Posts tagged ‘commercial’
According to the U.S. Bureau of Labor Statistics, there were 70,000 actors in the country in May 2006. By 2016, that number is expected to jump to 7,800.
At any given time, there are about 40 plays on Broadway and each year, industry experts say about 600 movies are released each year. There are five TV networks that can squeeze about 80 prime time shows, not including the spike in reality shows that takes away jobs from real actors.
So quandry? You are an unemployed actor desperate for work. Your agent has four job offers, which do you take?
They can’t all be Geico Cavemen who get their 30-seconds of glory turned into a TV series.
Or Matt LeBlanc, – Joey Tribbiani from Friends – who got his start on a Cherry 7-Up commercial.
So here are the worst-of-the-worst career killing ads:
The Herpes commercial: Without a doubt, if you get this gig, you are the most attractive actor/actress to appear in any of the social pariah TV ads.
The good: Because a fat-ass cow with Herpes has as much chance as getting laid as Gilligan had getting off the island, this would be affirmation that you are VERY ATTRACTIVE. Not slutty attractive, but girl-next-door attractive. The one who got Herpes from the toilet seat, right? Curse your luck! The drug company is looking for a man or chick that’s very doable – certainly hot enough that the potential of catching Herpes doesn’t factor into the equation of whether to boink them.
The bad: Hearing, “Haven’t I seen you on TV?”
The diarrhea commercial: Ever seen an attractive person do a diarrhea commercial? In Hollywood, the only people with intestinal meltdowns are fat, middle-aged, balding accountant types. The classic is the Donnagel commerical in the 1980s when the overweight balding man sits in his chair and says, “Ooooof.” His wife says, “What’s the matter honey?” And he says, “I don’t want to talk about it.” He says that FOUR TIMES.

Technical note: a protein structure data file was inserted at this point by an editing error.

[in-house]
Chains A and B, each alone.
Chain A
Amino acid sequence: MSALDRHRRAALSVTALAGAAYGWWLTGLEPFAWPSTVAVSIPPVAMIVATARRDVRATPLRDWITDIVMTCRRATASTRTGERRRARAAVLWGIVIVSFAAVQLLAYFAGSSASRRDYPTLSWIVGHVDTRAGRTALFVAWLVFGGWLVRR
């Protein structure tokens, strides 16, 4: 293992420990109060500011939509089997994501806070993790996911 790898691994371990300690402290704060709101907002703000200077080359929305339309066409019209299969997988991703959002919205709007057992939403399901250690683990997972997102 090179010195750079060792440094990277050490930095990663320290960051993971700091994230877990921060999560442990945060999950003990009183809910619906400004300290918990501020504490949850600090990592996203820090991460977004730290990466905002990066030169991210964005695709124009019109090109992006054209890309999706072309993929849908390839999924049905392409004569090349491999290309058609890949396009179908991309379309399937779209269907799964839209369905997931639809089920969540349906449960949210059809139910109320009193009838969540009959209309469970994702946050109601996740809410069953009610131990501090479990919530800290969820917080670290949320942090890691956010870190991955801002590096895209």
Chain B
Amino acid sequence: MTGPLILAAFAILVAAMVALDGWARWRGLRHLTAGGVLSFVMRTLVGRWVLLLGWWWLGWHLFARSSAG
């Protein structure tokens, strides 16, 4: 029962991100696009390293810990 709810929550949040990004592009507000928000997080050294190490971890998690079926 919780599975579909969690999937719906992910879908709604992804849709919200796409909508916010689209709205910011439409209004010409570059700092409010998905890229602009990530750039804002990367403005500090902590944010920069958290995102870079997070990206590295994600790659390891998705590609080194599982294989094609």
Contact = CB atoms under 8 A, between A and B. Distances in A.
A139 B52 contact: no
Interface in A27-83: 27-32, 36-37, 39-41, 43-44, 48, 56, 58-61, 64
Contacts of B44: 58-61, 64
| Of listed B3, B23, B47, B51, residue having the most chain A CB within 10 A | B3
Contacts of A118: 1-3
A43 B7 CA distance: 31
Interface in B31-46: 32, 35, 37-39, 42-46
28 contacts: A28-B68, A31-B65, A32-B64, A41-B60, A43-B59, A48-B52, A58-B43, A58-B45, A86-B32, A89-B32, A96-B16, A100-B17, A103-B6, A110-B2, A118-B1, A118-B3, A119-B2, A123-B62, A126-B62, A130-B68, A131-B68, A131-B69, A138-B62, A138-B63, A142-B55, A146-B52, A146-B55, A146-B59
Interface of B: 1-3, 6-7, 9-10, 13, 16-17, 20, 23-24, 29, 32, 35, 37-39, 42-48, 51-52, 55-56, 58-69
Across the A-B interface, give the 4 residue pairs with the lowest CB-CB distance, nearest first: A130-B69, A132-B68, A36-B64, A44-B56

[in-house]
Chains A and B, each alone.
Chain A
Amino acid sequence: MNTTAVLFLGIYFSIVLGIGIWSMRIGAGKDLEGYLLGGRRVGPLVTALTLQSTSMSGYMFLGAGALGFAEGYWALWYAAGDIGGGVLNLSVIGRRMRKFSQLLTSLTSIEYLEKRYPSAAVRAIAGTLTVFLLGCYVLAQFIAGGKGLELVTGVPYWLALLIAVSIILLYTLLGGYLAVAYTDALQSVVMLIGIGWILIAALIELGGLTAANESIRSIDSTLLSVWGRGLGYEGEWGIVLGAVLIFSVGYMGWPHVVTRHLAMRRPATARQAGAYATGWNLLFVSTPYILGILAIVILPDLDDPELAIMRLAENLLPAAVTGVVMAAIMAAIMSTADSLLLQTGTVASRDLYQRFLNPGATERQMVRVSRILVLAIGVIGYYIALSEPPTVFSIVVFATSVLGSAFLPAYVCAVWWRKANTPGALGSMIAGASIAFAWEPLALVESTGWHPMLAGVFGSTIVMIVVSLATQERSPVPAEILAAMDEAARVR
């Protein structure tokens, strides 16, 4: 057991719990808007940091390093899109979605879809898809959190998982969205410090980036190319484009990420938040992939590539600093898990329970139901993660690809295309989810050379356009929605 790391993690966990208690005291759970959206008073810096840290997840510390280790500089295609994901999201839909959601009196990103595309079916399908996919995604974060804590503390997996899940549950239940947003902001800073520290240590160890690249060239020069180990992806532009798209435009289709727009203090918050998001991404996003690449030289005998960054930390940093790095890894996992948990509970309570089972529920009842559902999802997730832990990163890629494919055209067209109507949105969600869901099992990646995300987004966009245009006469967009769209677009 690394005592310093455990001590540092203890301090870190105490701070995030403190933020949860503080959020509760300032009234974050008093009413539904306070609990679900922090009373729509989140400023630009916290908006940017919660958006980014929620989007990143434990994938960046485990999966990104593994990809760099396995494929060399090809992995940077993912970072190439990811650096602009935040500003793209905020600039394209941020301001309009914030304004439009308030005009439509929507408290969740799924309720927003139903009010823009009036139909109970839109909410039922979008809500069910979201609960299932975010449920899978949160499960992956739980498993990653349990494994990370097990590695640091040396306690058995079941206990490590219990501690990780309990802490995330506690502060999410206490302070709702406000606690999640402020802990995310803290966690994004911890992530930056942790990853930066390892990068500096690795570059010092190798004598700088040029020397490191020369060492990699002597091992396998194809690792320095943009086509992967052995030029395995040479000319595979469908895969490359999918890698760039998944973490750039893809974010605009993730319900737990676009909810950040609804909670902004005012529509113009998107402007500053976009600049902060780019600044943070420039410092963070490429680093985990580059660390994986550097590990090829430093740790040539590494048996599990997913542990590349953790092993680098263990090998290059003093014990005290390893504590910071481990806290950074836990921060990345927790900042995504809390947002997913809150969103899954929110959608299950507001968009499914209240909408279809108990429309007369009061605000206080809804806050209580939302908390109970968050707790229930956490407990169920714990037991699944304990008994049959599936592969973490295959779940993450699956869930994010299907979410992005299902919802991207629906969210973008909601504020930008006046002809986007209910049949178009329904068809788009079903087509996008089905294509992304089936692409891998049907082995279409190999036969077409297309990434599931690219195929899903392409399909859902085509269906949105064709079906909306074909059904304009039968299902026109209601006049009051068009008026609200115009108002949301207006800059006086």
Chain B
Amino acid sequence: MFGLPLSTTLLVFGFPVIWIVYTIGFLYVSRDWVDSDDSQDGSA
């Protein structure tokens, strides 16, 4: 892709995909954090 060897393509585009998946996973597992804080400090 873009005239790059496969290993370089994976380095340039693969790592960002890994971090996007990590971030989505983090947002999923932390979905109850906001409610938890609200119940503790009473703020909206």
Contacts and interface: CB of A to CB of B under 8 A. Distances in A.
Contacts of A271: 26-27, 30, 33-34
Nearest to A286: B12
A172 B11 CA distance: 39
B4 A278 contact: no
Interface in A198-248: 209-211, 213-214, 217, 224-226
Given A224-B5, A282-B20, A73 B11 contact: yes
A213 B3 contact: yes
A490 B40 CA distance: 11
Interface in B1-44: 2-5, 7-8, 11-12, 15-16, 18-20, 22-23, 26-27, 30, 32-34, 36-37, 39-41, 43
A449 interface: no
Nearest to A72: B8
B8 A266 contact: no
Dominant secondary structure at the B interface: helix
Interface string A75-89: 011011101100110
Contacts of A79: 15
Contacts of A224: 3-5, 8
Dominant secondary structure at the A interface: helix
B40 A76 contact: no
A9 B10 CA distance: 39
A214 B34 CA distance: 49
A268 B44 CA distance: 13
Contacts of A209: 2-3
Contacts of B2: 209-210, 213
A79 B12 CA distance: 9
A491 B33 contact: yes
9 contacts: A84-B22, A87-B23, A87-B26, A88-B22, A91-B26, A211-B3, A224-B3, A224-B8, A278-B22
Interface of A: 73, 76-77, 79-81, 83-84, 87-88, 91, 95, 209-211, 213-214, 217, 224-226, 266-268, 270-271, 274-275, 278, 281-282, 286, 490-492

Then he proceeds to be lectured on why he didn’t take Donnagel by his loving wife.
“Well, no diarrhea and no cramps,” he beams at the end.
Then he apologizes to his wife. who shoots back, “I don’t want to talk about it.”
In the 90s, apparently fighting for market share from Tums, drug companies decided they would be taken more seriously if they took the diarrhea victim OUT of his comfortable home environment.
So you don’t want to take our medicine? Fine, jackass. Now you’re on a tour bus in England and it hits. Whatcha gonna do?
The answer, as the theatrically trained diarrhea actor now knows, is called, “The Penguin.” It’s that uncomfortable movement where waddle meets a cheek-squeezing half jog while keeping that pained “I’m gonna shit my pants” expression on your face. Only the experts get that down in he first take. It’s not Shakespeare, but of the social stigma ads, this is the gig that requires the most acting.
The toe fungus commercial: Only for the desperate, if only because, tops, your face time is two seconds. The camera is focused on your feet and the pea soup green-nail polish that’s been painted on your toes. And then, you have to bury your feet in the sand. If you get the domestic shot, you don’t get ANY lines and you can tell your friends you are the one wearing socks lounging at the pool.
Bladder control: They don’t cast senior citizens for this commercial because everyone that age has this issue and they aren’t buying medicine for THAT. It’s No. 89 on the senior’s list of “What the hell is wrong with me today?” Drug companies know their market and it’s not the “I’m 79 and have been strapped to a nursing-home bed for the last 12 hours, slightly wetting myself is the least of my concerns” demographic.
A lot of aging, out of work “Sunny Delight” moms find this gig pays the bills once they are too old to pitch kids’ beverages. The 40s something moms, who unlike seniors, still care if they piss themselves in public.
In this commercial, you frequently leave in the middle of business meetings or have to get up out of a window seat of the airplane. The key here is to make it look like you got an important cell phone call and not let on you are going to piss yourself like a caged monkey if I don’t get to a bathroom. Many a bladder control commercial has been ruined by the overacting hams that get cast as your co-workers. You know, those eye-rolling, shoulder-shrugging idiots at your desk going over blueprints who act as if your three-minute mission is going to put the company in red.